[0055] It will be appreciated to those well versed in the relevant art that implementation of the process hereinbefore described may be effected, in a computer environment, in a number of ways. Historically, boot processes have been controlled primarily under the guidance of a boot ROM or the computer's BIOS. With this in mind, it will be understood that the variable boot process provided by the present invention can be “recorded” using either of these two media. However, evolution of boot processes has led to a greater importance being given to the computer's Operating System, with more and more of the boot process control thus being exerted thereby.

[0056] The applicants, being aware that boot processes will continue to evolve in this way, thus envisage that the boot process of the present invention could in fact be implemented in a variety of different ways, and the foregoing description, and the following claims, should therefore be interpreted in this light.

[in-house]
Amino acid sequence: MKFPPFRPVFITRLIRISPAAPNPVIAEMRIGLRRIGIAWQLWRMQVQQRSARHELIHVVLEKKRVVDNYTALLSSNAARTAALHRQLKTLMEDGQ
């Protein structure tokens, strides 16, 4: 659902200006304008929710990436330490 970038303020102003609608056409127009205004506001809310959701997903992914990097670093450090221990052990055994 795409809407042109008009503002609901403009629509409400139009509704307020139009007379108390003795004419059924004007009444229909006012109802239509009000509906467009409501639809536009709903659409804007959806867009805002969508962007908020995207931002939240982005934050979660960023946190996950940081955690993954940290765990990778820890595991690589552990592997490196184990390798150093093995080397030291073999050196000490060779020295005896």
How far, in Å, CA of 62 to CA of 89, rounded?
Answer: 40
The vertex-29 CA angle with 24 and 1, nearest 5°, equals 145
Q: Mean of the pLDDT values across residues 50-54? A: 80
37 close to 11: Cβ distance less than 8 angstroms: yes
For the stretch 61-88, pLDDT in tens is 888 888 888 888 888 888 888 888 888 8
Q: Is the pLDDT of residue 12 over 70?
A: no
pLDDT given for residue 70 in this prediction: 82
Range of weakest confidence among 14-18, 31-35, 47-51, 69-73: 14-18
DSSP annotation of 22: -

[0057] In the present specification “comprise” means “includes or consists of” and “comprising” means “including or consisting of”.

[0058] The features disclosed in the foregoing description, or the following claims, or the accompanying drawings, expressed in their specific forms or in terms of a means for performing the disclosed function, or a method or process for attaining the disclosed result, as appropriate, may, separately, or in any combination of such features, be utilised for realising the invention in diverse forms thereof.

Referenced by
Citing PatentFiling datePublication dateApplicantTitle
US7234055 *Aug 24, 2004Jun 19, 2007Inventec CorporationComputer operating booting system making use of multi-buttons
US7882343Jan 14, 2005Feb 1, 2011Koninklijke Philips Electronics N.V.Optical data disc with multiple booting points
US20120278600 *Apr 29, 2011Nov 1, 2012Lenovo (Singapore) Pte. Ltd.System and method for accelerated boot performance
Classifications
U.S. Classification713/2
International ClassificationG06F9/445
Cooperative ClassificationG06F9/4401
European ClassificationG06F9/44A